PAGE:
Tagimoucia is a vine flower that climb trees in search of sunlight. It typically blooms from November to January donating the typical red and white colour to the all mountain around the lake Tagimoucia. To reach the lake, you need to climb the mountain and cross a section of very muddy and thick rain forest. 

According to the legend, once upon a time there was a princess in Vanua Levu who felt in love with a man but her father had promised her to another one. The princess, sad for her father’s decision, lover left the village and escaped to Taveuni where she stop nearby a lake at the top of the mountain and started crying. The warriors of the village searched the princess for days and, when they arrived at the lake Tangimoucia, they only found the flower that had grown from the tears of the desperate princess. 

The flower was then taken to Vanua Levu to be transplant, but the carrier open his hand, there was no folwer, just its smell. That’s why the tagimoucia has no smell. But, it is said, that you can smell it in Vanua Levu.

 Over the years several attempts to transplant the flowers to other part of Fiji and the world have been made. So far, none of them have been successful.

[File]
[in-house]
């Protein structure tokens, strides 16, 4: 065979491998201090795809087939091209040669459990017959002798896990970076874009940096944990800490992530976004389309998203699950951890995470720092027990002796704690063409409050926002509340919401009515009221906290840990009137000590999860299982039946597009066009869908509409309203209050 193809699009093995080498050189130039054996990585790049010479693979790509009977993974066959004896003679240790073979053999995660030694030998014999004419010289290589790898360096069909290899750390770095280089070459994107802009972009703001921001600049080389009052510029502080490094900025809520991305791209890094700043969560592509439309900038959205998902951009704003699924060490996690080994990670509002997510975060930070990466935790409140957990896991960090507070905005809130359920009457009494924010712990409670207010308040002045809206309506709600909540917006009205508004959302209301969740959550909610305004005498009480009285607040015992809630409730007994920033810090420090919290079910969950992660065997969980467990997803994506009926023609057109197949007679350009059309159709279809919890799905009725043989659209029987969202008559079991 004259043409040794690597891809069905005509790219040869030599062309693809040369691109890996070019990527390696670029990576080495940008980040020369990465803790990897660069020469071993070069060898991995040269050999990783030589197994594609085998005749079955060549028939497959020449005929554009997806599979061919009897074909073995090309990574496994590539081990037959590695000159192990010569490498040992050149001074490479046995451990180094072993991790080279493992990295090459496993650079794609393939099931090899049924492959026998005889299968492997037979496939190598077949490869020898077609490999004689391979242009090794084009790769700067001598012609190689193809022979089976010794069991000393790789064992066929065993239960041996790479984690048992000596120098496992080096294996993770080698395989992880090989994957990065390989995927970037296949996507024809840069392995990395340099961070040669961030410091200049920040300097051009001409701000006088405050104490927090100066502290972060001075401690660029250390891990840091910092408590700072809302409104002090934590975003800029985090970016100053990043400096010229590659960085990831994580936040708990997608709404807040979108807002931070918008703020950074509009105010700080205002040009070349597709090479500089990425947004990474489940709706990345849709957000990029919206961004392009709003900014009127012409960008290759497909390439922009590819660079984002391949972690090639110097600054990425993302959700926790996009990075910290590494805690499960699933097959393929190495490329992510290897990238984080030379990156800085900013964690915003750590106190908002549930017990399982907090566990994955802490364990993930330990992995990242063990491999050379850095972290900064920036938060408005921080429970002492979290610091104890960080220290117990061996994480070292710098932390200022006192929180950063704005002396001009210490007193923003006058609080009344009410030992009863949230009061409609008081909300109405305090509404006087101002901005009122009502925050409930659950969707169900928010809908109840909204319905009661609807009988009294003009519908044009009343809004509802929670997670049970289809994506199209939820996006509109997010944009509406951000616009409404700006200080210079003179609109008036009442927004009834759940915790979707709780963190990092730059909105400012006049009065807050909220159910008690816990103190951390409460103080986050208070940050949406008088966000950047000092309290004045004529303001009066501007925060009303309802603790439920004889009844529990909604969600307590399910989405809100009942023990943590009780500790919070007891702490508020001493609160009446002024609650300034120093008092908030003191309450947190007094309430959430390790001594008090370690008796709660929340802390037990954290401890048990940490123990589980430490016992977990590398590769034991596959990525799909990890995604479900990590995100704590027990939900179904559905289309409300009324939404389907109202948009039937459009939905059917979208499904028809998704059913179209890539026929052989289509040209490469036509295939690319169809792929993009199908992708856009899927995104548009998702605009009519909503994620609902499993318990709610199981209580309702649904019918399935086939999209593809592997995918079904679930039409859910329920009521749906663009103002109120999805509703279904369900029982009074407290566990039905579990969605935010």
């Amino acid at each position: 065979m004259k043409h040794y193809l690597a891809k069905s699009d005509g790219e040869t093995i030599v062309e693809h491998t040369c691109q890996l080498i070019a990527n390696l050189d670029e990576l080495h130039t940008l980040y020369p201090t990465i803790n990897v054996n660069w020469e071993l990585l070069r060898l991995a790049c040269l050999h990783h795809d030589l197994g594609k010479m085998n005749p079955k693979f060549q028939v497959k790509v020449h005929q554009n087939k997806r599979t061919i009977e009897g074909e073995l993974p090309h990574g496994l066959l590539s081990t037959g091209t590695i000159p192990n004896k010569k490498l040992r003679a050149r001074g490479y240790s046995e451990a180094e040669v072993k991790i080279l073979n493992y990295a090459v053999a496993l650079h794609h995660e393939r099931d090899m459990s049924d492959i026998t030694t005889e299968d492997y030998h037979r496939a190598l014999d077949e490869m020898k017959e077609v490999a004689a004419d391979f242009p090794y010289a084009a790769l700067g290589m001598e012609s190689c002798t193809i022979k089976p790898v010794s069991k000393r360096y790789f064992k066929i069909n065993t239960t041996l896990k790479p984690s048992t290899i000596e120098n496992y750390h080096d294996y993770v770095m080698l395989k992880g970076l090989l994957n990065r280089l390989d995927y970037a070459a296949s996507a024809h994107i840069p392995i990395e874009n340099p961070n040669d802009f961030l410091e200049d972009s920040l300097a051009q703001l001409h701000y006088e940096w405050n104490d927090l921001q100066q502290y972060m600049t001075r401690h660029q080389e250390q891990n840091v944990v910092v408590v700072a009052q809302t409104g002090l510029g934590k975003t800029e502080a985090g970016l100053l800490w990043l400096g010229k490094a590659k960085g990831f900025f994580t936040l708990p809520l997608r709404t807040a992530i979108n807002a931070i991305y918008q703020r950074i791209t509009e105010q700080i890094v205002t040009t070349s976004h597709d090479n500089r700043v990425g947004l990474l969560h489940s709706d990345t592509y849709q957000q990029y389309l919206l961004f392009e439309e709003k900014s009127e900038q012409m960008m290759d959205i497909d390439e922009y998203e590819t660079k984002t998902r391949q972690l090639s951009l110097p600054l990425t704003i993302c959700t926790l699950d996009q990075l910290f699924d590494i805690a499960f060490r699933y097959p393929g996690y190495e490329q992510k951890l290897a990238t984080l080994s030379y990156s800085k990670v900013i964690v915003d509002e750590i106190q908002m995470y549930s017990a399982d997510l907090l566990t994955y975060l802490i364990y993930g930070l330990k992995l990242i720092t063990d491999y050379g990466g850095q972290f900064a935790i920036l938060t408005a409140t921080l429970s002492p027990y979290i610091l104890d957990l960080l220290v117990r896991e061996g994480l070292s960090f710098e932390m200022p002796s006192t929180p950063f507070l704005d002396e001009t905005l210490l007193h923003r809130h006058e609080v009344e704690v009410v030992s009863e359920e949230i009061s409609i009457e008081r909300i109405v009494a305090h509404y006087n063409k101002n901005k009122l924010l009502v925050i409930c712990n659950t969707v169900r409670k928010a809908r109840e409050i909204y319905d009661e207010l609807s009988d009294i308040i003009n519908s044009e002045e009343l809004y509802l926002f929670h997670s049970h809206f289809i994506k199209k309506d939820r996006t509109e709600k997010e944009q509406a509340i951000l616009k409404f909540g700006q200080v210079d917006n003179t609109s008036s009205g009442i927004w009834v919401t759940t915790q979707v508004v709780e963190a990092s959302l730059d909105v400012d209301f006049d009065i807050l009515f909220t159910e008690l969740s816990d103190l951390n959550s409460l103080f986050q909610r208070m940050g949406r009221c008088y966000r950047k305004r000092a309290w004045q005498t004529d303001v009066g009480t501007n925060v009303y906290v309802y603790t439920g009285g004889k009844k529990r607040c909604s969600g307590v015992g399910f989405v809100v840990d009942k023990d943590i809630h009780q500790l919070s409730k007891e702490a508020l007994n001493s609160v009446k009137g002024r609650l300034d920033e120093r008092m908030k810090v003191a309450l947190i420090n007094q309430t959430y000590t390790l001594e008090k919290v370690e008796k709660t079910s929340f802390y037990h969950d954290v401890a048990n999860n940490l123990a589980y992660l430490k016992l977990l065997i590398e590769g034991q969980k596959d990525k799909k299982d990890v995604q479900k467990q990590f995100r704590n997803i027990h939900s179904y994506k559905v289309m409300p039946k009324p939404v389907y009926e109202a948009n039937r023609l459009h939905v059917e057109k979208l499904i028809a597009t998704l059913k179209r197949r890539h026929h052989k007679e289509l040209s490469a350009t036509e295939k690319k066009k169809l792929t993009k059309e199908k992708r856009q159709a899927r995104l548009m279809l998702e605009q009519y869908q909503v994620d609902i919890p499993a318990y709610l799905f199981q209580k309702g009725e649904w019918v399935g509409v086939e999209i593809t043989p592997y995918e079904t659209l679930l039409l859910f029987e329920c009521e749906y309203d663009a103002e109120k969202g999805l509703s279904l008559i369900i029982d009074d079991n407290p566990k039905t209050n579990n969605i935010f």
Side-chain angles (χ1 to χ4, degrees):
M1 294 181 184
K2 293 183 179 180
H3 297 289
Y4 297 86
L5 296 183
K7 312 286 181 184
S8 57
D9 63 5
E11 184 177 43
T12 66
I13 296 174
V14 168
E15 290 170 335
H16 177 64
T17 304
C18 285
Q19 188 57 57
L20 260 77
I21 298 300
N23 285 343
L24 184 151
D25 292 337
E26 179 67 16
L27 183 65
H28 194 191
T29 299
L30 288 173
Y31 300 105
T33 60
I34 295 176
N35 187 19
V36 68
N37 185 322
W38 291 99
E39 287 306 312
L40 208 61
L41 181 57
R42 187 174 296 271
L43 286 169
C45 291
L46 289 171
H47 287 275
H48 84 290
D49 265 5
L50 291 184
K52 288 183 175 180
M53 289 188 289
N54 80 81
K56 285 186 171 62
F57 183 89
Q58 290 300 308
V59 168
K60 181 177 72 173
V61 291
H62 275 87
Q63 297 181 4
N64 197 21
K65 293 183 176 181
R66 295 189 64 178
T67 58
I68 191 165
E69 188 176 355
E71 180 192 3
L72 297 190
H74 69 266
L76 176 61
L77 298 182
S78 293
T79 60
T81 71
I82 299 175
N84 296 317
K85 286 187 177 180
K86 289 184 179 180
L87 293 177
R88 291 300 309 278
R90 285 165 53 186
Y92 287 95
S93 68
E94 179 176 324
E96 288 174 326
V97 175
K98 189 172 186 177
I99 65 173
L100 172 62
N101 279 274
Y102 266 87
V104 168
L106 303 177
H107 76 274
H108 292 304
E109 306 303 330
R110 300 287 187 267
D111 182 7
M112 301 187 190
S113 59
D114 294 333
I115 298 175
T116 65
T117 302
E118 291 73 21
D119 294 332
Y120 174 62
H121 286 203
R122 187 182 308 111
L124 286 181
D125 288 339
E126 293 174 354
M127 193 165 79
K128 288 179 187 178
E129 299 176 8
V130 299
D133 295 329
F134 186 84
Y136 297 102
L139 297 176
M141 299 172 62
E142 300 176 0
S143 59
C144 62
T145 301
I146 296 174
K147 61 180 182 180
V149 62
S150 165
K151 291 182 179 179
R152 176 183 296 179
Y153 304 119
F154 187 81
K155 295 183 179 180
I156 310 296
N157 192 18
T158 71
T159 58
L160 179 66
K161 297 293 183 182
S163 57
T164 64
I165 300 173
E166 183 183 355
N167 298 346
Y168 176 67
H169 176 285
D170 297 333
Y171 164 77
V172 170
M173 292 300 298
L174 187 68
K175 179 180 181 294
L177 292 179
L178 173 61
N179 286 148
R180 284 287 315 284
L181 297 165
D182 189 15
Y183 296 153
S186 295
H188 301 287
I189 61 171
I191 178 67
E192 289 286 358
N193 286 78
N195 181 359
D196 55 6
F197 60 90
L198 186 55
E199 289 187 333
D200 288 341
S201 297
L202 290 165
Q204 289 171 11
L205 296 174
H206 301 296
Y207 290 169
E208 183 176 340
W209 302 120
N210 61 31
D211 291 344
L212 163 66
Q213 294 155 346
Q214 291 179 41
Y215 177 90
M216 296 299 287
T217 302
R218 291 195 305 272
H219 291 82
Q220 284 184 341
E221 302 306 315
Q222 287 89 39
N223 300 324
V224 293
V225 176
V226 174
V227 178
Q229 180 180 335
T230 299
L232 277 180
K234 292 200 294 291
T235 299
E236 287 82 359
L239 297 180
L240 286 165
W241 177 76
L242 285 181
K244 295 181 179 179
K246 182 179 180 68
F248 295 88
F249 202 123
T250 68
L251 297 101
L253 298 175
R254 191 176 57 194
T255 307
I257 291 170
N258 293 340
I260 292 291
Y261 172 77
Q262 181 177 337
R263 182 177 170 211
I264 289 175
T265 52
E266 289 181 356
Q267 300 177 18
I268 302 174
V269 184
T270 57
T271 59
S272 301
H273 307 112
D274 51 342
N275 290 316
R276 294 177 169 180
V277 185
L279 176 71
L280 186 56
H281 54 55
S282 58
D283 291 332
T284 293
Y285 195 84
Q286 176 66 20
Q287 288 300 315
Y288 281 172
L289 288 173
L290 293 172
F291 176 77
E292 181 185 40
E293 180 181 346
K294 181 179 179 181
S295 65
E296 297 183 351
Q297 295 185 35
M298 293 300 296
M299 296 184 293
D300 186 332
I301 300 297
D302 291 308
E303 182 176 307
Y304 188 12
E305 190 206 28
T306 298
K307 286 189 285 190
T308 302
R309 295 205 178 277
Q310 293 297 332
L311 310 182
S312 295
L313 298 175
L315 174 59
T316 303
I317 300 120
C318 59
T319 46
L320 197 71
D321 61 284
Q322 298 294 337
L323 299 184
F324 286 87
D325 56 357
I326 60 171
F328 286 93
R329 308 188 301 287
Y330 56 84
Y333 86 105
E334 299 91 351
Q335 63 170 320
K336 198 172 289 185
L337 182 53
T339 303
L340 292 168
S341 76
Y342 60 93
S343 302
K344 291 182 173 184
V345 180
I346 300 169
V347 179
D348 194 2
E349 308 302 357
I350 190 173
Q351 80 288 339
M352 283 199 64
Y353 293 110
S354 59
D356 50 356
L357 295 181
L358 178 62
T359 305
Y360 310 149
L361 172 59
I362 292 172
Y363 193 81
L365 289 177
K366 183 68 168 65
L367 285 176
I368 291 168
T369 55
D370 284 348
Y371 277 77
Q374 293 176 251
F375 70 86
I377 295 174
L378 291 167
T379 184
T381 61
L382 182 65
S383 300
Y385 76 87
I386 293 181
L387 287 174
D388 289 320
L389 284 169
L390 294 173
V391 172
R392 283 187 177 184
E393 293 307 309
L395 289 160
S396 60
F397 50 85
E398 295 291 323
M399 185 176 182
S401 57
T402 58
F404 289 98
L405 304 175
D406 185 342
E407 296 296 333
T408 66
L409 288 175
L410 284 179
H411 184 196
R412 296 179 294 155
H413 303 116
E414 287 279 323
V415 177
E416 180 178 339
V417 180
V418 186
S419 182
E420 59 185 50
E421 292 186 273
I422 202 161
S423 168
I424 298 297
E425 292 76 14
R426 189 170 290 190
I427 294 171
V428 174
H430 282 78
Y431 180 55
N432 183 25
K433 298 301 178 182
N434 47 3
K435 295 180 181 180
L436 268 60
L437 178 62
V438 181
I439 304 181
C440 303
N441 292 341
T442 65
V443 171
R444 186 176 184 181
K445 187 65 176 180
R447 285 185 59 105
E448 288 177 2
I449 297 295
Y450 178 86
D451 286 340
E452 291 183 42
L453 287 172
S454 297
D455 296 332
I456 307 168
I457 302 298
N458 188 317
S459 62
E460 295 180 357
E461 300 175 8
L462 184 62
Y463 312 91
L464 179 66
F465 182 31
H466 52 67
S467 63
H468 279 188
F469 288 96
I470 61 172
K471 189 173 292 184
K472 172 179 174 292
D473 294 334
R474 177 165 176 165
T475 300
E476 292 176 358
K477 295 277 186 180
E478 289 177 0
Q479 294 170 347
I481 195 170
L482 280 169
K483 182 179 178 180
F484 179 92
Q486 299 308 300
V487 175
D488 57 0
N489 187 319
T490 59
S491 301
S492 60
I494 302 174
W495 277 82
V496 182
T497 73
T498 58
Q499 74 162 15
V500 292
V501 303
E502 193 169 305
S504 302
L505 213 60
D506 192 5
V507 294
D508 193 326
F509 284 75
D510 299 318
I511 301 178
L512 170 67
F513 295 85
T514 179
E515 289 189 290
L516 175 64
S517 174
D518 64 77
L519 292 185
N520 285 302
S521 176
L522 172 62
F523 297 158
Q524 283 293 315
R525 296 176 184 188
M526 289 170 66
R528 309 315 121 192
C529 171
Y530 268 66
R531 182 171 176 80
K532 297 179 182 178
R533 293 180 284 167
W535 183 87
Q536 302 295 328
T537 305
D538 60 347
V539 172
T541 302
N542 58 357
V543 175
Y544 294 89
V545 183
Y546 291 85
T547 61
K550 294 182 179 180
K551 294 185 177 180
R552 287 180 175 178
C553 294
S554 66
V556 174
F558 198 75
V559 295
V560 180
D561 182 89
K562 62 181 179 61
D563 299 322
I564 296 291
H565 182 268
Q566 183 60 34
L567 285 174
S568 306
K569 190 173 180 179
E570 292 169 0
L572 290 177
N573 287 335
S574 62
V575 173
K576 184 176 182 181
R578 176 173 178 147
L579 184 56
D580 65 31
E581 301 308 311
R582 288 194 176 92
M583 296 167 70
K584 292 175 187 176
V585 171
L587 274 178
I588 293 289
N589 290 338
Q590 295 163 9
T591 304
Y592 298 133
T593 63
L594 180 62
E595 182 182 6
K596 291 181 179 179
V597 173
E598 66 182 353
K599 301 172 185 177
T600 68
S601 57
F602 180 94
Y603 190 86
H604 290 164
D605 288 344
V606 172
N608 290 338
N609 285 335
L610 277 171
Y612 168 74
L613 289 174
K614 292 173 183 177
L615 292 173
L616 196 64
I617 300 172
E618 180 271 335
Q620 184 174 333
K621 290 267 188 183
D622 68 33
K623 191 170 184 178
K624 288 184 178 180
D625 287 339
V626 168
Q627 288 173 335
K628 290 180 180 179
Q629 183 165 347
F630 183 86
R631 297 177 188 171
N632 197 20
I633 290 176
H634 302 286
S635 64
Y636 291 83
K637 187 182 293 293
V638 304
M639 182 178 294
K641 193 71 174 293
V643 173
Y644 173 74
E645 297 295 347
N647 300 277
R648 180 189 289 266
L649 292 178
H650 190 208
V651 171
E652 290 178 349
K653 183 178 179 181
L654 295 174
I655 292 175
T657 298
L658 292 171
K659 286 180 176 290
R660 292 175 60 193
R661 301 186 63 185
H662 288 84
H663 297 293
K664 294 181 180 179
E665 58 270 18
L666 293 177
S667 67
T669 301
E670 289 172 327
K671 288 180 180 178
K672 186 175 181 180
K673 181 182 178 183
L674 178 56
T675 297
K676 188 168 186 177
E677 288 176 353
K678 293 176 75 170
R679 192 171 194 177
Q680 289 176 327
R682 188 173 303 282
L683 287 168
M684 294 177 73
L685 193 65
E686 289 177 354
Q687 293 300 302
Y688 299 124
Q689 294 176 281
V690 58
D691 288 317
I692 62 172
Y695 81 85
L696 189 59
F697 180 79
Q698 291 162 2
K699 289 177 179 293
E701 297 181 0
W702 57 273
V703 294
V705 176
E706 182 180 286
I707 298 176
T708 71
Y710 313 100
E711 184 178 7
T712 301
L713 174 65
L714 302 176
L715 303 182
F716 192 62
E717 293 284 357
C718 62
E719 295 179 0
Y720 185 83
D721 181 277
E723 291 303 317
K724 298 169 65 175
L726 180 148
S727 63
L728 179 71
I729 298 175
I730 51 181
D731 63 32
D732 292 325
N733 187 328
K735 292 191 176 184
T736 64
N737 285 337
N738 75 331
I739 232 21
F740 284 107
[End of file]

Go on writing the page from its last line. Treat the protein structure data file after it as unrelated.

On Taveuni there are two health centres, one Waiyevo and one in Vuna, and two nursing centres, one in Vuna and the other one in Bouma.  The closest hospital is located Savusavu, on Vanua Levu. 

Despite recent improvements, health conditions in Fiji remain precarious. Indeed, life expectancy remains under the world average and, in 2022, the infant mortality rate was almost 20 per 1000 live births. 


Fijian education system comprises 8 years of primary school and 4 of secondary school or college.

 Every village has its own primary school, secondary schools are generally located in bigger villages and cover a district. The universities are located on the main island, Viti Levu.

There are Fijians schools and Indo-Fijian schools. Fijian language is mandatory during primary school then kids can choose whether to continue studying it or not. Many Indo-Fijians speak very little or no Fijian at all, they speak a version of Hindi, called Fiji Hindi.


Violence against women is a diffuse problem in Fiji, which is one the countries with the highest rate of gender-based violence in the world. Since the coup d’etàt in 2006 the situation for women has gotten worst, especially in the public sector. In many cases, traditional and religious practices, like bulubulu, have also been responsible for the  softening of the sentences or the total absolution of the violence perpetrators.

Several NGOs, like Fiji Women Crisis Centre, now offer support to women victim of violence or educate communities about violence.

Today, many Taveuni women work at resorts, some others work in the farm or stay at home looking after the kids.